A recent report by the MIT Technology Review unveiled a worrying picture about the state of the Internet in 2023.
The report covered the mushrooming of low-quality junk websites filled with algorithmically generated text, flooding the entire web with “content” that drowns out any kind of meaningful material on the Internet. This is a significant moment in the trajectory of the history of technology.
Our digital spaces, once heralded as revolutionary, are collapsing. And the advent of AI is likely to quicken the collapse of these spaces, if we fail to understand the scale of what is happening.
Firstly, it is important to note that the current hype surrounding AI is more marketing than actual science, given that most developments in machine learning have been going on since at least the 20th century. In fact, their applications have already existed in our lives without most people ever perceiving it.
In 2023, when anything and everything from WhatsApp to smartphone cameras to Coca-Cola is being enhanced with AI, one can’t help but wonder if this term even means anything anymore. Have we considered whether we ever asked for this integration of AI into our lives?
Tech platforms are now filled with unnecessary AI features. At the same time, platforms that were once regarded for being user-friendly have been suddenly increasing the frequency of ads to frustrate the user into “buying a premium”, and make other attempts to cause inconvenience to users, such as Netflix’s recent ban on password sharing.
Technology scholar Cory Doctorow has coined the term “enshittification” to describe companies whose products start off as user-friendly and then degrade over time.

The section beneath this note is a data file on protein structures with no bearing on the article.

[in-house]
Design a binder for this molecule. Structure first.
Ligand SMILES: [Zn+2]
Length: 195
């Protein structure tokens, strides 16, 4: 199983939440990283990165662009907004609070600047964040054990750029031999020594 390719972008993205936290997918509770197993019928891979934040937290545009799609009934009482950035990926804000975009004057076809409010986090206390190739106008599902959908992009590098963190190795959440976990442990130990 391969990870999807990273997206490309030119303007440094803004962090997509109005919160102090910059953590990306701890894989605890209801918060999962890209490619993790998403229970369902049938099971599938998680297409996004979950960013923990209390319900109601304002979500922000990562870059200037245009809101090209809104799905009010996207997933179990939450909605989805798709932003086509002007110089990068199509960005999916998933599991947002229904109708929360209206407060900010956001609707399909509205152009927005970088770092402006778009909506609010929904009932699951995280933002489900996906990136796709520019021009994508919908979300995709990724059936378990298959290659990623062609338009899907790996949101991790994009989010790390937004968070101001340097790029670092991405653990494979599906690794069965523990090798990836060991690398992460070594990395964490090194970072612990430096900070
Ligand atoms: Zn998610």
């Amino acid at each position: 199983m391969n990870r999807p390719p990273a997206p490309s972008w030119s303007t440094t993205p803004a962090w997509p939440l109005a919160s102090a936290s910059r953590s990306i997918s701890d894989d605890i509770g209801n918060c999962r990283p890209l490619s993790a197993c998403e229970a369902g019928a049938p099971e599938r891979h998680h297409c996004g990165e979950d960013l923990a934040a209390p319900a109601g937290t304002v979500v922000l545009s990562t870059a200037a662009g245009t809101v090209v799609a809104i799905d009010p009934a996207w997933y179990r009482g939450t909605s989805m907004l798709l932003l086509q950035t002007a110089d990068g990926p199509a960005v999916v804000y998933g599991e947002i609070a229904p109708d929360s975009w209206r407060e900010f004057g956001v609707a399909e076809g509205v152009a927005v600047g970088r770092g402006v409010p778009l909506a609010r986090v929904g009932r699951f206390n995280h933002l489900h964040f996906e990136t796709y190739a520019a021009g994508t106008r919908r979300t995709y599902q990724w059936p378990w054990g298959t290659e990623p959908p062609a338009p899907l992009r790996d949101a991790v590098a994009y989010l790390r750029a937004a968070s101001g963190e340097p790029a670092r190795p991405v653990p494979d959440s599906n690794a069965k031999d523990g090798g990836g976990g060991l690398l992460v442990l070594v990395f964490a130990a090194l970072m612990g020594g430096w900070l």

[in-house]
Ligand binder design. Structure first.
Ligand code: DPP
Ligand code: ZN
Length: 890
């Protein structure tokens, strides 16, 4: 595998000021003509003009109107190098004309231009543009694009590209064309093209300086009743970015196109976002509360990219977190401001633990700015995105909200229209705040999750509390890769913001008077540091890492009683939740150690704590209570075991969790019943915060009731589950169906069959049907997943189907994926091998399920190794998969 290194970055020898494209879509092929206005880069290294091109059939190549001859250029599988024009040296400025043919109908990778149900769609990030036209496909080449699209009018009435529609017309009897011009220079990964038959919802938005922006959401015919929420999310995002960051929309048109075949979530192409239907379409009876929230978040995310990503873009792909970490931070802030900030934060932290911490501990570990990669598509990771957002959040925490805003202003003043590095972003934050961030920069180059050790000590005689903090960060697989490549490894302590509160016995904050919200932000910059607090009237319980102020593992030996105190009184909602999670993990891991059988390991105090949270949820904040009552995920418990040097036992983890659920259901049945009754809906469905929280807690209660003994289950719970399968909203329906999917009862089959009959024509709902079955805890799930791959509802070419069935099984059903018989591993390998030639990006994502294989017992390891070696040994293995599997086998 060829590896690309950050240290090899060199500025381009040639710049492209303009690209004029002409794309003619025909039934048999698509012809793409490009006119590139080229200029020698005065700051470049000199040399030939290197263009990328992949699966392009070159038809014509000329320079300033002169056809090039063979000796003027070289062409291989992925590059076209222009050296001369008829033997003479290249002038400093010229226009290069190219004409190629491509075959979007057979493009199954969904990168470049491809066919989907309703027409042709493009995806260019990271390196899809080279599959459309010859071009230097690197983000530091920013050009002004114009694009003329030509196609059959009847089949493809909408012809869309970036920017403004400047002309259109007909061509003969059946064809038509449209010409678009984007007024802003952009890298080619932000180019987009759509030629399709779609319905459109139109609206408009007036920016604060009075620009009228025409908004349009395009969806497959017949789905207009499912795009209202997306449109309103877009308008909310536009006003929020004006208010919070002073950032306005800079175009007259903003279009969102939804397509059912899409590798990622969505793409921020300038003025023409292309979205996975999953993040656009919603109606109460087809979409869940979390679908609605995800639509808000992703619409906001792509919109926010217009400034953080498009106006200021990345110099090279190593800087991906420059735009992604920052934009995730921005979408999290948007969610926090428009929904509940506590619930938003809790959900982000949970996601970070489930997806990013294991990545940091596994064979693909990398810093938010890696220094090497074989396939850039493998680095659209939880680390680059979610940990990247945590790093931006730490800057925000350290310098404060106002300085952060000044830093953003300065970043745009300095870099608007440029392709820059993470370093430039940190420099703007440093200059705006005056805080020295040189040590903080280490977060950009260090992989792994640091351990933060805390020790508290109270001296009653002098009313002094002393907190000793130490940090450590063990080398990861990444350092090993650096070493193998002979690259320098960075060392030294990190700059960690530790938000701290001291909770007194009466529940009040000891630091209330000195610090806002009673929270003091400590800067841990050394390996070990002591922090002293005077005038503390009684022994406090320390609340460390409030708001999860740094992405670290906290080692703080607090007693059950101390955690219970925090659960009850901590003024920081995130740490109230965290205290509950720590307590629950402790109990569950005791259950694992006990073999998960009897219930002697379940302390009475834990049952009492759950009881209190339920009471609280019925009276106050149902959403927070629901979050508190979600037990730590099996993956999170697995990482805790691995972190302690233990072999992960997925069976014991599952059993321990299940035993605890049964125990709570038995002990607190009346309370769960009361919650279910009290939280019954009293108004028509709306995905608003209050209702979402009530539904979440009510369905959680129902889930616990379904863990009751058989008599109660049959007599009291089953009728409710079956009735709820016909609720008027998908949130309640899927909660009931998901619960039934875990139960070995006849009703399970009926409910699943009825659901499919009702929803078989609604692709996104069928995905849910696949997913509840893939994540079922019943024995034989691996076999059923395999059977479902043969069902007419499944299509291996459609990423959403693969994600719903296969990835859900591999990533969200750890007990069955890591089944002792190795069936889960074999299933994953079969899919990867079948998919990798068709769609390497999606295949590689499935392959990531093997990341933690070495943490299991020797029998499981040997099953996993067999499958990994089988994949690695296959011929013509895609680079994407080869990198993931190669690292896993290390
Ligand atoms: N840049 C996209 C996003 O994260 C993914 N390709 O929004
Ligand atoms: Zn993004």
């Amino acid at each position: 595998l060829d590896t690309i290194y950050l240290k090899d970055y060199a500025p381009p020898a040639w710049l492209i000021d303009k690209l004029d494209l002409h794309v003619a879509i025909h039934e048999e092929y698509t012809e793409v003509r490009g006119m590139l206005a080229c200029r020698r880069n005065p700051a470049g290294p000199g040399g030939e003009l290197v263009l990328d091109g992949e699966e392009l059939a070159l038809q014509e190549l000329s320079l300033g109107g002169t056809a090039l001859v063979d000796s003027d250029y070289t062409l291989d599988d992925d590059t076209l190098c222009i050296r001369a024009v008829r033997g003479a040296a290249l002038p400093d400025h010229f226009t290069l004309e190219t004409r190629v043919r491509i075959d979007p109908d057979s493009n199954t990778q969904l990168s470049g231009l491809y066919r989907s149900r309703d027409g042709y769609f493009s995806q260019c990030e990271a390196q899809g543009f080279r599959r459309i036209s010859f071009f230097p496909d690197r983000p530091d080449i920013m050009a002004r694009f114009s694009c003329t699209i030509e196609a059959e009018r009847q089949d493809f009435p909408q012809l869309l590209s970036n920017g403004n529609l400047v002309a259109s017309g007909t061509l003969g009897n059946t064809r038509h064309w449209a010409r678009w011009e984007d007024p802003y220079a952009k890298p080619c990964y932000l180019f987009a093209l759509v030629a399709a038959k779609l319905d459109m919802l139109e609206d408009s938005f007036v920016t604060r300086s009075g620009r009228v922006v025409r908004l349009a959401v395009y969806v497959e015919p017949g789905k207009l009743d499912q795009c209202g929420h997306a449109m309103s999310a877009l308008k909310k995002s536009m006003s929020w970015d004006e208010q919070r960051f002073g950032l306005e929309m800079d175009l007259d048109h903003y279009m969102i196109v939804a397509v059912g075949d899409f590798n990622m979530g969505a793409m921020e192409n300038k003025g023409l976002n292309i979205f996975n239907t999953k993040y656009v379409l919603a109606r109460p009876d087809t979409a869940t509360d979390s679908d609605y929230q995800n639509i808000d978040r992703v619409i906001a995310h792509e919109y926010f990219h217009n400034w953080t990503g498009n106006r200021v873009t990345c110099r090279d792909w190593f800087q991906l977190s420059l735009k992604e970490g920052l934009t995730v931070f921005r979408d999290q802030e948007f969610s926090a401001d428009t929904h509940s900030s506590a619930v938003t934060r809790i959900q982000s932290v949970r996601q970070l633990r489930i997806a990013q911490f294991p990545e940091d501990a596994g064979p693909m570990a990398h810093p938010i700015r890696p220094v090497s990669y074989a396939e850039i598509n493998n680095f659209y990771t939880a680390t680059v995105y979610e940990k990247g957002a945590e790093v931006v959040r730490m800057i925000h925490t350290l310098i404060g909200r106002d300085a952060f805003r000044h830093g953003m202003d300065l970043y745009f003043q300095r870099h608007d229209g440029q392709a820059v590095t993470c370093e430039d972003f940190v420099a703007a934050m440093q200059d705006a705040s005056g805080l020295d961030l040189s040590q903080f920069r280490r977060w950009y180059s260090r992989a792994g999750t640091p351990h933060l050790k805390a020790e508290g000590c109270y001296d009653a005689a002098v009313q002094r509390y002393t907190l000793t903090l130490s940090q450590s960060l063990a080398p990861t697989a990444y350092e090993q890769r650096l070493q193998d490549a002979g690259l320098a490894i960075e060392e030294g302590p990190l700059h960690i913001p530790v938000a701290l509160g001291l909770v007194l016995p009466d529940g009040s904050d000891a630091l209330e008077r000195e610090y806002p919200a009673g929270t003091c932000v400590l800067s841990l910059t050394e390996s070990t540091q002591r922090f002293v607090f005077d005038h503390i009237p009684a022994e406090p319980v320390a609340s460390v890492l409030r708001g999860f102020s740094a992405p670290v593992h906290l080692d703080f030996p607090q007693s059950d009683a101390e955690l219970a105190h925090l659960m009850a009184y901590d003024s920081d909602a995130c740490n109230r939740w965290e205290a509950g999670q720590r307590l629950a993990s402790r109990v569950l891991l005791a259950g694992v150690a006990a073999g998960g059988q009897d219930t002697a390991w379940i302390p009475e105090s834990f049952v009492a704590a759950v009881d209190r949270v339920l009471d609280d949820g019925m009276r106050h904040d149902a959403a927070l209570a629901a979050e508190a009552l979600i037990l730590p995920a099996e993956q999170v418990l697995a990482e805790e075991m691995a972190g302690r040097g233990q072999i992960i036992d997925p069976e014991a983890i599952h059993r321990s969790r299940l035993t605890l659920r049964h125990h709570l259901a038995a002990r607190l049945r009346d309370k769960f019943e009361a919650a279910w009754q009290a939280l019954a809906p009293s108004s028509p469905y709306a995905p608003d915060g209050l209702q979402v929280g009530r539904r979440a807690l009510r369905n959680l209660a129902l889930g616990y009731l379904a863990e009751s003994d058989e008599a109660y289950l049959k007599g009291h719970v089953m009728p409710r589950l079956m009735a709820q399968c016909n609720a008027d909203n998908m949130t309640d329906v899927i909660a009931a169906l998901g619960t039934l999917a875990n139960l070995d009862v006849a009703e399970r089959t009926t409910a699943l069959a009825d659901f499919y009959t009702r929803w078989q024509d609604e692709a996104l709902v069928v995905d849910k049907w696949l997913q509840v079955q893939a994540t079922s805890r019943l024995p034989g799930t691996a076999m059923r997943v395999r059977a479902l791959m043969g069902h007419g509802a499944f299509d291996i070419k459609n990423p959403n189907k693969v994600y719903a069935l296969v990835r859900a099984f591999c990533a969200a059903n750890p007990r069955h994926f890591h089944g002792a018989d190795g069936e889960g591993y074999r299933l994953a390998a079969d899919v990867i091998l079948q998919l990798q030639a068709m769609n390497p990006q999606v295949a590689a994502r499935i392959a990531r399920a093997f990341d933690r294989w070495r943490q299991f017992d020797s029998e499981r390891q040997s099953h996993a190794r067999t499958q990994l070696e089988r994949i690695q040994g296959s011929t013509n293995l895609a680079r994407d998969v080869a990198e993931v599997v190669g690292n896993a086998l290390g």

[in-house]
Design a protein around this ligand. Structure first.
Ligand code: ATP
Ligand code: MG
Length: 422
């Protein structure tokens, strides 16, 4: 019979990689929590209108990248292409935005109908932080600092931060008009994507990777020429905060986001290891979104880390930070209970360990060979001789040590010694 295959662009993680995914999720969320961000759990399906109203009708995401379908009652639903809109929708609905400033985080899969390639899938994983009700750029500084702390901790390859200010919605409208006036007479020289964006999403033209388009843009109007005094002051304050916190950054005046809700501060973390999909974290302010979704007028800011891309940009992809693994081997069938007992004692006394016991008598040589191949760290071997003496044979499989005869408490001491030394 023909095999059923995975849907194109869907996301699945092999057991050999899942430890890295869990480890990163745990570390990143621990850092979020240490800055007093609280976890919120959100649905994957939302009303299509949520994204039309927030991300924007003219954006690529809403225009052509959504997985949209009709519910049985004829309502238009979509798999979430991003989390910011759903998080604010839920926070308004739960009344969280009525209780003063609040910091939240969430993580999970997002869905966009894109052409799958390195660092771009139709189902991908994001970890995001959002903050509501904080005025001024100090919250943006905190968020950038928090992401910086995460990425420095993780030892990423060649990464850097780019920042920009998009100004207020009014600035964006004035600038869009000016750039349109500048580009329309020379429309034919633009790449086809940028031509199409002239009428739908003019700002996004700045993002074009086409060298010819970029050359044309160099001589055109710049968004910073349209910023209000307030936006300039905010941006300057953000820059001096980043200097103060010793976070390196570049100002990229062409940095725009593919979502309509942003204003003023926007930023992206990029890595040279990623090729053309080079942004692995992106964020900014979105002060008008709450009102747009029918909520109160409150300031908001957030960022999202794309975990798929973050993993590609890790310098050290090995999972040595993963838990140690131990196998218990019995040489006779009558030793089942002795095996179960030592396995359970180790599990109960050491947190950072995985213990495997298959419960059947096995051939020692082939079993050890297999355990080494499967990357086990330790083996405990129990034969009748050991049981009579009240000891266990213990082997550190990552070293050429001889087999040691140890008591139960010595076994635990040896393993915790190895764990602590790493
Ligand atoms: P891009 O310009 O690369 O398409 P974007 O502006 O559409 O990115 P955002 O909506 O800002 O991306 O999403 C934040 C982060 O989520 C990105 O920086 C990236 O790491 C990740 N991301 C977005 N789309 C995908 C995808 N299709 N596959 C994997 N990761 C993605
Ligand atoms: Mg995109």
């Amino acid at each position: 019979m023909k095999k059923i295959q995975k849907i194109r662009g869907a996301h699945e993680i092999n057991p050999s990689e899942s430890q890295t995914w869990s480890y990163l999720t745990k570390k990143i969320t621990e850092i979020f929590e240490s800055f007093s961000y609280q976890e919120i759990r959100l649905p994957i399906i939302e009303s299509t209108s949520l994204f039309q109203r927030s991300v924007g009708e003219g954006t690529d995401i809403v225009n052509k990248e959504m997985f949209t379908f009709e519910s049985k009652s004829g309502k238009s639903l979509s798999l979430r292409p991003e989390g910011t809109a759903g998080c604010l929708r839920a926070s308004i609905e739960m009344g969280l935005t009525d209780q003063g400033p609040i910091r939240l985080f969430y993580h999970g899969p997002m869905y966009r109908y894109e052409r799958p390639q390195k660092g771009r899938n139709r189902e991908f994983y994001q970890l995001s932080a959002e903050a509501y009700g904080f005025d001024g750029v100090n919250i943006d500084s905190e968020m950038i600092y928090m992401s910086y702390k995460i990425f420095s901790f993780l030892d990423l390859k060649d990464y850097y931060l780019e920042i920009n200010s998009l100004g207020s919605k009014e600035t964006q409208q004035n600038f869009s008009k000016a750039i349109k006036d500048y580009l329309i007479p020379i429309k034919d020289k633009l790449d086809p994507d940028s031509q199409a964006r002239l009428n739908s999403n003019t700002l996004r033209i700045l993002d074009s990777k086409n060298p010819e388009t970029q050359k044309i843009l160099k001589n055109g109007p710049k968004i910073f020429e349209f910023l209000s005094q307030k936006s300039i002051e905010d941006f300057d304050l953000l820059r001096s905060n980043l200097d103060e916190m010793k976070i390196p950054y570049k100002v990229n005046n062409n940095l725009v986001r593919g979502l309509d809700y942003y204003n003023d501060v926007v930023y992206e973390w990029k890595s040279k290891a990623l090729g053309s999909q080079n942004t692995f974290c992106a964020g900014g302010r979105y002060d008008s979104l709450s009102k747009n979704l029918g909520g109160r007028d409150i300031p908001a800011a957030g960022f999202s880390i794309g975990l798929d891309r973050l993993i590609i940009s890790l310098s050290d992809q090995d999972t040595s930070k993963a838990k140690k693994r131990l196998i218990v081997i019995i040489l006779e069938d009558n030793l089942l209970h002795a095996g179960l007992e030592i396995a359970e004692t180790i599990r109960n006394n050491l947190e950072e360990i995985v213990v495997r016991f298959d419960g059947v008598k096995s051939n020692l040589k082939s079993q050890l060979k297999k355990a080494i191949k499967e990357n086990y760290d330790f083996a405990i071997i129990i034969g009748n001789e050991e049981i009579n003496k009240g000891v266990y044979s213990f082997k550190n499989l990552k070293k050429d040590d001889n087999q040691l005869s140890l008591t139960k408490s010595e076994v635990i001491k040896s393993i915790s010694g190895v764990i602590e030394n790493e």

Social media users are today’s real lab rats – the psychologist B.F. Skinner would be proud. They are constantly at the mercy of manipulative software designed to extract attention and “engagement” every minute through notifications and like/follow buttons, which promote the generation of hateful and controversial content instead of something meaningful and nuanced.
Most of our endless, algorithmically generated feeds are covert ads.
The widespread adoption of the “infinite scroll” should have been a warning sign for everyone concerned about the harmful effects of social media, and even the creator regrets developing it (an Oppenheimer moment, perhaps) but it may be too late. It has morphed into something far worse – “short videos”.
Popularised by TikTok, and quickly copied by Instagram, Facebook, YouTube, and nearly every other app, the only word to describe the “short video” format is vicious. It is explicitly designed to hook users into a stream of audio-visual “content” that never ends, with that favourite phrase of the tech companies: ‘suggested for you’. The “content” is almost always bite-sized, random, decontextualised clips from films and music and sound and images and text smashed against each other, with much of it consumed (and then forgotten) because it is “relatable”.
In isolation, perhaps a single clip may be funny or pretty (or whatever the intended reaction may be). However, if taken as a whole, the endless stream is formless, shapeless, yet unimaginably destructive on a longer scale to attention spans. With things already in such a bad shape, the onslaught of AI-created “content” is likely to be catastrophic – “generative” AI is likely to be “degenerative” for human critical thinking capabilities.
It gets worse when one looks at the statements and values of those who are pushing AI everywhere, particularly in the fields they wish to “revolutionise”. The CEO of OpenAI, who went around the world to promote his company’s products, has talked about his hopes to build AI that will replace the “median human” – a degrading term that he uses for what we would call the “average human”, a direct mission statement that should raise many alarms for those already concerned about the impact of AI on jobs. He has mentioned in a tweet about how AI could be used to provide healthcare services “to those who can’t afford it” – an appallingly insensitive and ignorant statement, considering it essentially refers to providing poor people with chatbots instead of actual healthcare services.